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Gigantour - August 17th, 2005 - Pittsburgh, PA @ The Chevrolet Amphitheater

By: David E. Gehlke

Attendance numbers have been dismal, as reported across the web, but Dave Mustaine’s Gigantour rumbled into Pittsburgh, seemingly undaunted by the fact that out of the 4 major summer tours: Ozzfest, Warped Tour, Sounds Of the Underground, and Gigantour, they are easily the least successful. Boasting a lineup full of bands that rely more on musicality than energy, Gigantour is a good idea on paper, but fails to recognize the current demographics of a hard music scene that wants its music simple and stupid.

Having two stages play at alternate times simply doesn’t work, especially in the scathing summer heat. Having to run back and forth from both ends of the amphitheater made for some tiring exercise (yours truly needs it!), and caused many to miss their desired sets. Mustaine should take a cue from both the Ozzfest and Sounds Of the Underground tours, where once all the acts on the second stage have finished, the main stage begins.

Bobaflex kicked things off on the second stage where about 40-50 people were watching, and rightfully so. Apparently no one told these guys nu metal died a couple of years ago. Former nu metal torchbearers Dry Kill Logic were up next and fared slightly better. Relying heavily on songs from their newest offering, The Dead and Dreaming, Dry Kill Logic still has many ‘nu’ overtones that were sterile enough to keep most of the crowd at bay.

Prog metal giants Symphony X played to the biggest crowd on the second stage, showcasing both ‘Wicked’ and ‘Inferno’ from 2002’s Odyssey, which were both greeted with a rapturous response. Russell Allen has developed into a stellar showman, jostling from each side of the stage, not afraid to crack a smile amidst Michael Romeo’s inhuman shredding. ‘Of Sins And Shadows’ from The Divine Wings Of Tragedy was aired last in a set that ended too soon. Perhaps a rumored main stage slot on next year’s tour will allow Symphony X to increase their already hot profile.

Life Of Agony closed out the second stage to a smaller contingent, for most of the crowd was waiting for Dream Theater’s set. ‘Love To Let You Down’ and ‘River Runs Red’ were performed admirably by the New York quintet, who looked a tad disappointed at the dwindling crowd size.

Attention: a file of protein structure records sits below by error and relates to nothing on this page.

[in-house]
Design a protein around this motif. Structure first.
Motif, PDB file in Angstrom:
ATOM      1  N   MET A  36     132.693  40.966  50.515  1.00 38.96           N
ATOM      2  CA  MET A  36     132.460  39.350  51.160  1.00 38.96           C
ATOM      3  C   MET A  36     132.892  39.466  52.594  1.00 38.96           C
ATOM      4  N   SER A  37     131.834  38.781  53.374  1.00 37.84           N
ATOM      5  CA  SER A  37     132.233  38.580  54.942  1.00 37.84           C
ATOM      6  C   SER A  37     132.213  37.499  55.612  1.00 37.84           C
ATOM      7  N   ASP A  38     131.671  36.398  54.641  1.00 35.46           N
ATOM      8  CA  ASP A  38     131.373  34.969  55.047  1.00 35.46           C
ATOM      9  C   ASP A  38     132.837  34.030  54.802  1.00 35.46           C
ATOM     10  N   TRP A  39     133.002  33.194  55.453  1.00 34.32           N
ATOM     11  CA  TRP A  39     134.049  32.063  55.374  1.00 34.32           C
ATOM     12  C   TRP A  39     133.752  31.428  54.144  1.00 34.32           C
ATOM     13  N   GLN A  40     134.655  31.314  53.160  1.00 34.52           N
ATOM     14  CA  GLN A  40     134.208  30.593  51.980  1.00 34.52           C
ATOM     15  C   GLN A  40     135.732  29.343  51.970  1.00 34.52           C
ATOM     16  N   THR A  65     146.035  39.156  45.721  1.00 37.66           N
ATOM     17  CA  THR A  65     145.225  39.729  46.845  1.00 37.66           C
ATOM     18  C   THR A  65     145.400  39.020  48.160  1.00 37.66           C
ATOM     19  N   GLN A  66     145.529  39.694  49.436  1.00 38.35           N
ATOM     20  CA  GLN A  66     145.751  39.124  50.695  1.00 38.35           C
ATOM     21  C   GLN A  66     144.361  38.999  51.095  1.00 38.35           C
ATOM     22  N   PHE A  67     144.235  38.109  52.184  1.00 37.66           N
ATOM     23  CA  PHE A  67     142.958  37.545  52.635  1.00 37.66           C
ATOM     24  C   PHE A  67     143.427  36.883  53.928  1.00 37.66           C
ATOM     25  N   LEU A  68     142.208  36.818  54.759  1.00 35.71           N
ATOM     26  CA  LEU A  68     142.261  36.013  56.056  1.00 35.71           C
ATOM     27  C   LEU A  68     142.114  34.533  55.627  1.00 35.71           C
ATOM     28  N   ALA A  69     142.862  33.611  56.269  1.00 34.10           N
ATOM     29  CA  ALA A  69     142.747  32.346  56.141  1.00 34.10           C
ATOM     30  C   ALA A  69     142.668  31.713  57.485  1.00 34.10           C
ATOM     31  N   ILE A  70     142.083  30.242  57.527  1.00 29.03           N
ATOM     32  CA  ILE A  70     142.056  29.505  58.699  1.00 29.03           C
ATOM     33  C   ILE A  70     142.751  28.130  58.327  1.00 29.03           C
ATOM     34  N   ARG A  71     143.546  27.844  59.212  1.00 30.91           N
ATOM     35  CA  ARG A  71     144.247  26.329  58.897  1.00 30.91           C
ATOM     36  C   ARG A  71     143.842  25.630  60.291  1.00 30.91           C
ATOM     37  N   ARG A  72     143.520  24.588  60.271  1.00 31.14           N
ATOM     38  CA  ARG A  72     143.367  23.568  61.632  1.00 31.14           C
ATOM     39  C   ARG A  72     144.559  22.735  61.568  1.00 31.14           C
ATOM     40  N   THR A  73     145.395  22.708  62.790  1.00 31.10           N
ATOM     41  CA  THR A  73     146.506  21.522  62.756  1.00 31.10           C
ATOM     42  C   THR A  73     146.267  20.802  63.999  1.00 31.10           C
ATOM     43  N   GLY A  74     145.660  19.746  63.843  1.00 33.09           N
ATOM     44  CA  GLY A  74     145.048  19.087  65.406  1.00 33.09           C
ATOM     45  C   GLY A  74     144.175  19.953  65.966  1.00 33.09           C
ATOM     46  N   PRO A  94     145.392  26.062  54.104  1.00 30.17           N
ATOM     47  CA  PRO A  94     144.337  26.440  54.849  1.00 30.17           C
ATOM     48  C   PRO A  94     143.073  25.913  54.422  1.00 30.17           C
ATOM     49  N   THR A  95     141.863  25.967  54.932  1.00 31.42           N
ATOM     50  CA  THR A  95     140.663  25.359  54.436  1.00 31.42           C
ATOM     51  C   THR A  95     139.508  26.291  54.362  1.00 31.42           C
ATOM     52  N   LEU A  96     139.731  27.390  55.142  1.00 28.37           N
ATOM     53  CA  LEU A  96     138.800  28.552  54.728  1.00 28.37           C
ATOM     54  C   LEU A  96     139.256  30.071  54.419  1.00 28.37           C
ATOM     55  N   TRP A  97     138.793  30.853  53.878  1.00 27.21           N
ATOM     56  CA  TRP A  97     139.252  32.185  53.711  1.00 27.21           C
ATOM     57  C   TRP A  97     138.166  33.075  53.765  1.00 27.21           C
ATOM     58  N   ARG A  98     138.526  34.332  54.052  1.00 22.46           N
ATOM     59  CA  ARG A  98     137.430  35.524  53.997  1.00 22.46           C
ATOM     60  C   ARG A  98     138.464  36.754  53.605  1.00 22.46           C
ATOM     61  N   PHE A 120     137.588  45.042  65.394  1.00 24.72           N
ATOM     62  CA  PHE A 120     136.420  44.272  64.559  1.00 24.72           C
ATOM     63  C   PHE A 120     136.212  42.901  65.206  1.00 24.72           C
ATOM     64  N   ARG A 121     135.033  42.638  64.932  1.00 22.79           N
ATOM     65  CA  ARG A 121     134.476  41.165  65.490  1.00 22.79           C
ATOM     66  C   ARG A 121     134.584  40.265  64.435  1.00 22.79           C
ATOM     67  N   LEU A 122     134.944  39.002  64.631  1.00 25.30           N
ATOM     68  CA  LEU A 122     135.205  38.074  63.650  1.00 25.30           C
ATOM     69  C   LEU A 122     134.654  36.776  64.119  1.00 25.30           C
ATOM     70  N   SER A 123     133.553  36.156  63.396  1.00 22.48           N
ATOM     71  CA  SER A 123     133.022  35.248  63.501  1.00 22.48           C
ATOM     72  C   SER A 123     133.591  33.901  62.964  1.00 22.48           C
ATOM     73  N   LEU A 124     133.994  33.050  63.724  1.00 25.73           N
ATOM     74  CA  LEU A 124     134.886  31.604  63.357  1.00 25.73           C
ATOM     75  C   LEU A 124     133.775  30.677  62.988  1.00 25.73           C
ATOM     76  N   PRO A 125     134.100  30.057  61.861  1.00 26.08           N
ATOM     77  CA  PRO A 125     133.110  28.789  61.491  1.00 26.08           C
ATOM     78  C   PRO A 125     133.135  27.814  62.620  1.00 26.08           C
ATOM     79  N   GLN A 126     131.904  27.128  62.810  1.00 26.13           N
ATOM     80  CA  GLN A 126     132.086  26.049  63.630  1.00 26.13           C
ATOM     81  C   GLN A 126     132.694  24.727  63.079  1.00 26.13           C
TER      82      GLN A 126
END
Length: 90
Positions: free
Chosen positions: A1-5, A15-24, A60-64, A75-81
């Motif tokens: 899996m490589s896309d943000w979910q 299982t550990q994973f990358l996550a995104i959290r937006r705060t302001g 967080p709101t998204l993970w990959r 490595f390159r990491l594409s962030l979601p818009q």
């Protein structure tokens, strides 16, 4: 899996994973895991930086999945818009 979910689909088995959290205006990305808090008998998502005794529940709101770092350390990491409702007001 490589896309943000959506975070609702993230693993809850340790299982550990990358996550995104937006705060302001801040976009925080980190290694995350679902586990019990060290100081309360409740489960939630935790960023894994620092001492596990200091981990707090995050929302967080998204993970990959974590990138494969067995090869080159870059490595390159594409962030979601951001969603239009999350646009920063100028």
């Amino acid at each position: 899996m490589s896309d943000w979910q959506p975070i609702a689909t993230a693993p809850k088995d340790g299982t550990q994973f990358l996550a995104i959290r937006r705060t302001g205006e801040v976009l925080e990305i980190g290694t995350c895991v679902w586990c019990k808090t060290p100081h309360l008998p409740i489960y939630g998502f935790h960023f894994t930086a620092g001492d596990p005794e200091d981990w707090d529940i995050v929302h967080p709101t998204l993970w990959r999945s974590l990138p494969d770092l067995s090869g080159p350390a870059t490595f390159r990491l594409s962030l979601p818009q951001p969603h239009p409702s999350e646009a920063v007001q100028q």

Nevermore kicked things off on the main stage, headbanging in unison to classic numbers such as ‘Narocsynthesis’, ‘The Sound Of Silence’ and set closer ‘Enemies Of Reality.’ Warrel Dane sounded crystal clear, and looked as skinny as Lindsay Lohan, but got the crowd going early on. The guitar tandem of Loomis/Smyth traded off solos effortlessly, while the rhythm section of Shepard/Williams provided a solid backing to the maelstrom of guitars.

By far the most energetic act of the day, The Dillinger Escape Plan threw their bodies around like rags across the spacious main stage. Frontman Greg Puciato always looks like he was just pumping iron before the show and proceeded to wail several water bottles at unsuspecting concert goers. Guitarist Ben Weiman invited a male fan on stage and proceeded to dry-hump him during ‘The Mallet Burden’. It was next to impossible to take one’s eyes off Dillinger, who probably stunned a lot of the Dream Theater/Megadeth contingent with their antics.

Opening with the monstrous ‘Demanufacture,’ Fear Factory garnered a joyous response throughout their set, which saw staples such as ‘Replica’, ‘Martyr’ and ‘Shock’ make for the first real pit of the day. A frequent visitor of Pittsburgh, Burton C. Bell enjoyed a call-response relationship with the crowd throughout the set, even during semi new numbers like ‘Archetype’. Although Fear Factory were the oddball of the main stage, their honest intensity and machine-like sound always hits hard in the ‘Burgh.

Far and away the best sounding band of the day, Dream Theater stole the show. The jaw-dropping musical skill of this quintet is already known, but to see the band in person is always something else. James LaBrie sounded almost flawless throughout the set, engaging the crowd in sing-alongs during ‘Lie’ and ‘Home’. No one can hang with the Myung/Portnoy rhythm section, as Portnoy continued in his role as frontman drummer, tossing sticks from the drum riser to the side of the stage and maintaining eye contact with the crowd. In spite of his spiked haircut, John Petrucci’s playing was dead-on, earning him several loud ovations during his solos.

Seeing Mustaine with 3 semi-nobodies was a bit of anomaly for the crowd. Sure, the band was technically proficient, but gone was the charisma of David ‘Junior’ Ellefson and godly shredding of Marty Friedman. The Drover brothers performed their tasks as directed, yet classics like ‘Wake Up Dead’, ‘Set the World Afire’ and ‘In My Darkest Hour’ lack the feel and charm that the Mustaine/Friedman/Ellefson/Menza lineup had. Still, Megadeth raced through a set that was devoid of Mustaine’s often-humorous stage bantering, instead leaving little time in between songs. New tunes like ‘The Scorpion’ and ‘Die Dead Enough’ did little for the crowd, but the airing of one of the greatest metal songs EVER, ‘Tornado Of Souls’ was enough to justify seeing Megadeth.

The first installment of Gigantour was more enjoyable than the Ozzfest, which has turned into a test of wills and energy. Mustaine needs to iron some matters out in the format department and perhaps bring in more modern, trendy bands if he wants to keep this thing going. That idea alone is a sad one considering the respective talents of most of the acts on this tour, but when metal has gone way of the beatdown and Swedish riff, its hard to keep afloat, as Mustaine is finding out right now. [END]


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